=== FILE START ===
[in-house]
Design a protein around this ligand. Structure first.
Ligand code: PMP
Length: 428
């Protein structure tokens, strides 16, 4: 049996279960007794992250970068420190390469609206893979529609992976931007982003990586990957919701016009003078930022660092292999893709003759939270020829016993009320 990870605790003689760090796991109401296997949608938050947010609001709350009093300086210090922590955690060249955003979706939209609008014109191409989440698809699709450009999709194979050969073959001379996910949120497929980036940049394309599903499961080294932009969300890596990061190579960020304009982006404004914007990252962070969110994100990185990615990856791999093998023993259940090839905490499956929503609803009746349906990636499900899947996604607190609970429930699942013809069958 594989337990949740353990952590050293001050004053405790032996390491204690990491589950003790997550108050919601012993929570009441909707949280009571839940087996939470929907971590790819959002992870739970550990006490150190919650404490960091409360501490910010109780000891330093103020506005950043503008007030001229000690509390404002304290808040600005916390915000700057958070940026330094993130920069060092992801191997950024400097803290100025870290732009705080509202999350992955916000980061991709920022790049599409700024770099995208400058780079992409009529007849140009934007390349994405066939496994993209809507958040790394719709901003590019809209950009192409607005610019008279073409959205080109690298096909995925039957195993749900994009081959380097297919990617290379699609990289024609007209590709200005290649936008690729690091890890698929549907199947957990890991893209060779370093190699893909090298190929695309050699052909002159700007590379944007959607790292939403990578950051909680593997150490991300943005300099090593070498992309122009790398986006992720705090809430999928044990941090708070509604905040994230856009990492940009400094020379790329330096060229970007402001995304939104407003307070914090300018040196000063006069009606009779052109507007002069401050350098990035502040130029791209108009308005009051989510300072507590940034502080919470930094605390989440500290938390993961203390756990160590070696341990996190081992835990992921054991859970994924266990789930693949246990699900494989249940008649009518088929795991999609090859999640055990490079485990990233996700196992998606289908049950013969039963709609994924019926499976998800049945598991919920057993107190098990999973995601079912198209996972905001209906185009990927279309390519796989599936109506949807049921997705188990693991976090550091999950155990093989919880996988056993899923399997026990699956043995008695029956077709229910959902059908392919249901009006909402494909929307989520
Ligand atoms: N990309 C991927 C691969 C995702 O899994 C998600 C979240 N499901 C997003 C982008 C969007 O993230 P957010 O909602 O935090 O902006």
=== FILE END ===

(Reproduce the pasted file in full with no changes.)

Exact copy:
[in-house]
Design a protein around this ligand. Structure first.
Ligand code: PMP
Length: 428
């Protein structure tokens, strides 16, 4: 049996279960007794992250970068420190390469609206893979529609992976931007982003990586990957919701016009003078930022660092292999893709003759939270020829016993009320 990870605790003689760090796991109401296997949608938050947010609001709350009093300086210090922590955690060249955003979706939209609008014109191409989440698809699709450009999709194979050969073959001379996910949120497929980036940049394309599903499961080294932009969300890596990061190579960020304009982006404004914007990252962070969110994100990185990615990856791999093998023993259940090839905490499956929503609803009746349906990636499900899947996604607190609970429930699942013809069958 594989337990949740353990952590050293001050004053405790032996390491204690990491589950003790997550108050919601012993929570009441909707949280009571839940087996939470929907971590790819959002992870739970550990006490150190919650404490960091409360501490910010109780000891330093103020506005950043503008007030001229000690509390404002304290808040600005916390915000700057958070940026330094993130920069060092992801191997950024400097803290100025870290732009705080509202999350992955916000980061991709920022790049599409700024770099995208400058780079992409009529007849140009934007390349994405066939496994993209809507958040790394719709901003590019809209950009192409607005610019008279073409959205080109690298096909995925039957195993749900994009081959380097297919990617290379699609990289024609007209590709200005290649936008690729690091890890698929549907199947957990890991893209060779370093190699893909090298190929695309050699052909002159700007590379944007959607790292939403990578950051909680593997150490991300943005300099090593070498992309122009790398986006992720705090809430999928044990941090708070509604905040994230856009990492940009400094020379790329330096060229970007402001995304939104407003307070914090300018040196000063006069009606009779052109507007002069401050350098990035502040130029791209108009308005009051989510300072507590940034502080919470930094605390989440500290938390993961203390756990160590070696341990996190081992835990992921054991859970994924266990789930693949246990699900494989249940008649009518088929795991999609090859999640055990490079485990990233996700196992998606289908049950013969039963709609994924019926499976998800049945598991919920057993107190098990999973995601079912198209996972905001209906185009990927279309390519796989599936109506949807049921997705188990693991976090550091999950155990093989919880996988056993899923399997026990699956043995008695029956077709229910959902059908392919249901009006909402494909929307989520
Ligand atoms: N990309 C991927 C691969 C995702 O899994 C998600 C979240 N499901 C997003 C982008 C969007 O993230 P957010 O909602 O935090 O902006």